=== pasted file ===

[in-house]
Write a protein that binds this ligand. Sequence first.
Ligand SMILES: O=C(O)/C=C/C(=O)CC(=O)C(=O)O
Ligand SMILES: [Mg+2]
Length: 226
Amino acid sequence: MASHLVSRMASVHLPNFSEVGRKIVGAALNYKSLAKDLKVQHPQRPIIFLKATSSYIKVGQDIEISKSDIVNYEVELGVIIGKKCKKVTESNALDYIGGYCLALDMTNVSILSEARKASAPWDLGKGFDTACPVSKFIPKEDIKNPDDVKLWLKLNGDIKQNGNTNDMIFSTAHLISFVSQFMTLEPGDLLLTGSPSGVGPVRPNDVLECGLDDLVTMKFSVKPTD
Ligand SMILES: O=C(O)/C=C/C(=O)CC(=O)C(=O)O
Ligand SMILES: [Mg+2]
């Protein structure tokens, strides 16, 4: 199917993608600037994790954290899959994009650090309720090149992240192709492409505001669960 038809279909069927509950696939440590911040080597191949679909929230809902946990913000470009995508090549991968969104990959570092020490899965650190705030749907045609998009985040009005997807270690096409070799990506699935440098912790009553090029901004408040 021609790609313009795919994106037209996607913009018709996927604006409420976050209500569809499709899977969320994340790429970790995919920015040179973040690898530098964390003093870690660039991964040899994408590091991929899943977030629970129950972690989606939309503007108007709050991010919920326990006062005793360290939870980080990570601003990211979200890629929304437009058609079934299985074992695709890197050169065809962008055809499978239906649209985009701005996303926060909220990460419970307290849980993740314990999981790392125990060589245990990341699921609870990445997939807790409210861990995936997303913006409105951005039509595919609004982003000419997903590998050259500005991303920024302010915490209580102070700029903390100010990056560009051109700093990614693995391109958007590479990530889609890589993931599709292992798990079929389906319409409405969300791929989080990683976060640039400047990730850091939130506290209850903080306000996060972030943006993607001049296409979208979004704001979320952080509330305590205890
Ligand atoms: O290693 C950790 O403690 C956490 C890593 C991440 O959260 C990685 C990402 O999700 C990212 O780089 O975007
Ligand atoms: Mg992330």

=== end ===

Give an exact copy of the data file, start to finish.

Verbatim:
[in-house]
Write a protein that binds this ligand. Sequence first.
Ligand SMILES: O=C(O)/C=C/C(=O)CC(=O)C(=O)O
Ligand SMILES: [Mg+2]
Length: 226
Amino acid sequence: MASHLVSRMASVHLPNFSEVGRKIVGAALNYKSLAKDLKVQHPQRPIIFLKATSSYIKVGQDIEISKSDIVNYEVELGVIIGKKCKKVTESNALDYIGGYCLALDMTNVSILSEARKASAPWDLGKGFDTACPVSKFIPKEDIKNPDDVKLWLKLNGDIKQNGNTNDMIFSTAHLISFVSQFMTLEPGDLLLTGSPSGVGPVRPNDVLECGLDDLVTMKFSVKPTD
Ligand SMILES: O=C(O)/C=C/C(=O)CC(=O)C(=O)O
Ligand SMILES: [Mg+2]
């Protein structure tokens, strides 16, 4: 199917993608600037994790954290899959994009650090309720090149992240192709492409505001669960 038809279909069927509950696939440590911040080597191949679909929230809902946990913000470009995508090549991968969104990959570092020490899965650190705030749907045609998009985040009005997807270690096409070799990506699935440098912790009553090029901004408040 021609790609313009795919994106037209996607913009018709996927604006409420976050209500569809499709899977969320994340790429970790995919920015040179973040690898530098964390003093870690660039991964040899994408590091991929899943977030629970129950972690989606939309503007108007709050991010919920326990006062005793360290939870980080990570601003990211979200890629929304437009058609079934299985074992695709890197050169065809962008055809499978239906649209985009701005996303926060909220990460419970307290849980993740314990999981790392125990060589245990990341699921609870990445997939807790409210861990995936997303913006409105951005039509595919609004982003000419997903590998050259500005991303920024302010915490209580102070700029903390100010990056560009051109700093990614693995391109958007590479990530889609890589993931599709292992798990079929389906319409409405969300791929989080990683976060640039400047990730850091939130506290209850903080306000996060972030943006993607001049296409979208979004704001979320952080509330305590205890
Ligand atoms: O290693 C950790 O403690 C956490 C890593 C991440 O959260 C990685 C990402 O999700 C990212 O780089 O975007
Ligand atoms: Mg992330």